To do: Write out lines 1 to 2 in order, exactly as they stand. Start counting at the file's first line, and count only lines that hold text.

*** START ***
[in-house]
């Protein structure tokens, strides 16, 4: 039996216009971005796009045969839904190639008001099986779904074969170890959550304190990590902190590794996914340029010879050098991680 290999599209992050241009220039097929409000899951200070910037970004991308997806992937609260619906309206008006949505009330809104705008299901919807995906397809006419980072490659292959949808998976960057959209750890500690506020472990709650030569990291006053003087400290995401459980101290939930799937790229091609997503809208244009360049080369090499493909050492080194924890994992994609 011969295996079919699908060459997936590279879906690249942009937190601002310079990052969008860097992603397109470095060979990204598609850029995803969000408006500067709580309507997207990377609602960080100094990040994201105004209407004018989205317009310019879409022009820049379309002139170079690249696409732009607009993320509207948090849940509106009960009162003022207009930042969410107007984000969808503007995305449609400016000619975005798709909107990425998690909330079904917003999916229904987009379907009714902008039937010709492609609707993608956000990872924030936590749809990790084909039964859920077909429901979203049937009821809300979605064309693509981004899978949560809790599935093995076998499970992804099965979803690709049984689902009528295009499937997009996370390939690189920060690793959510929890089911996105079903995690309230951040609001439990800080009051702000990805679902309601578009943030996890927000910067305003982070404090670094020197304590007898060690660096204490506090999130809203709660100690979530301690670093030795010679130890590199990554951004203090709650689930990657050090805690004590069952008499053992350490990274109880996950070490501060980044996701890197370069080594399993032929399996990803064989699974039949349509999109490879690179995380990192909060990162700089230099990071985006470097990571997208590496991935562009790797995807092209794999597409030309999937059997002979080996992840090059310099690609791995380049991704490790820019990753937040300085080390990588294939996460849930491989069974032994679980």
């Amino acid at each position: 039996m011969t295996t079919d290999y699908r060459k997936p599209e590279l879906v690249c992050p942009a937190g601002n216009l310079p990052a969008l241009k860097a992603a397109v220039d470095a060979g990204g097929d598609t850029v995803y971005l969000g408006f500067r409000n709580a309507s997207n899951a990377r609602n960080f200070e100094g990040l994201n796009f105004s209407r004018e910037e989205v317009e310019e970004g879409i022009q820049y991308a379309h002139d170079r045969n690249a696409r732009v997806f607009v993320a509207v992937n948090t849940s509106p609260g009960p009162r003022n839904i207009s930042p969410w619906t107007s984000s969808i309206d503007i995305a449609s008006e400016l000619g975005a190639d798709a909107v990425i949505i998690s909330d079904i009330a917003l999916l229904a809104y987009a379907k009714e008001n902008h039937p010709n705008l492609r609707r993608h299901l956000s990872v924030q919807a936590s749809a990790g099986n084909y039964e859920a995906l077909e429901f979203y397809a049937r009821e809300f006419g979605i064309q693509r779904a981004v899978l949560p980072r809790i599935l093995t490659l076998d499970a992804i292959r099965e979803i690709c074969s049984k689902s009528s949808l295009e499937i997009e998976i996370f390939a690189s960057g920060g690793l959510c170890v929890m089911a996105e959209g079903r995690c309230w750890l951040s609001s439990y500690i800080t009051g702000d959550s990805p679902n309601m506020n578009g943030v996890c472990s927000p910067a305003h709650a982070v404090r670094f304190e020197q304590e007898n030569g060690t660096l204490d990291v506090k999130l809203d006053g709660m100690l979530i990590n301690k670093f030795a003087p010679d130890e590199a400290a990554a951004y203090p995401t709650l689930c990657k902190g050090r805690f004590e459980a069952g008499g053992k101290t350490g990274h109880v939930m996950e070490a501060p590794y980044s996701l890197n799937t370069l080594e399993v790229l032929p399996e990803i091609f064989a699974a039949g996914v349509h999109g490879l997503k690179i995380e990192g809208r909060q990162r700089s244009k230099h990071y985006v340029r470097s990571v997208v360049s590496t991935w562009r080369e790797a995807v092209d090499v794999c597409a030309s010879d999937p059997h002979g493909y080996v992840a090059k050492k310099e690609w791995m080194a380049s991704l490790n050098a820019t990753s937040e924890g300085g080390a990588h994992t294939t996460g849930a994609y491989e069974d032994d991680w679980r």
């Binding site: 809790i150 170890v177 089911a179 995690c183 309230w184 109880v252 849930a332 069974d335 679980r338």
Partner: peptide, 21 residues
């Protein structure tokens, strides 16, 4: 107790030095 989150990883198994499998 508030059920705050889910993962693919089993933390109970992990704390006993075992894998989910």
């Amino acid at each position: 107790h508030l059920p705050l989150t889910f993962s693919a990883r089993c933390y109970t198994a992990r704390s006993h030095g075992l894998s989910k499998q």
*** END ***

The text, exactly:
[in-house]
């Protein structure tokens, strides 16, 4: 039996216009971005796009045969839904190639008001099986779904074969170890959550304190990590902190590794996914340029010879050098991680 290999599209992050241009220039097929409000899951200070910037970004991308997806992937609260619906309206008006949505009330809104705008299901919807995906397809006419980072490659292959949808998976960057959209750890500690506020472990709650030569990291006053003087400290995401459980101290939930799937790229091609997503809208244009360049080369090499493909050492080194924890994992994609 011969295996079919699908060459997936590279879906690249942009937190601002310079990052969008860097992603397109470095060979990204598609850029995803969000408006500067709580309507997207990377609602960080100094990040994201105004209407004018989205317009310019879409022009820049379309002139170079690249696409732009607009993320509207948090849940509106009960009162003022207009930042969410107007984000969808503007995305449609400016000619975005798709909107990425998690909330079904917003999916229904987009379907009714902008039937010709492609609707993608956000990872924030936590749809990790084909039964859920077909429901979203049937009821809300979605064309693509981004899978949560809790599935093995076998499970992804099965979803690709049984689902009528295009499937997009996370390939690189920060690793959510929890089911996105079903995690309230951040609001439990800080009051702000990805679902309601578009943030996890927000910067305003982070404090670094020197304590007898060690660096204490506090999130809203709660100690979530301690670093030795010679130890590199990554951004203090709650689930990657050090805690004590069952008499053992350490990274109880996950070490501060980044996701890197370069080594399993032929399996990803064989699974039949349509999109490879690179995380990192909060990162700089230099990071985006470097990571997208590496991935562009790797995807092209794999597409030309999937059997002979080996992840090059310099690609791995380049991704490790820019990753937040300085080390990588294939996460849930491989069974032994679980």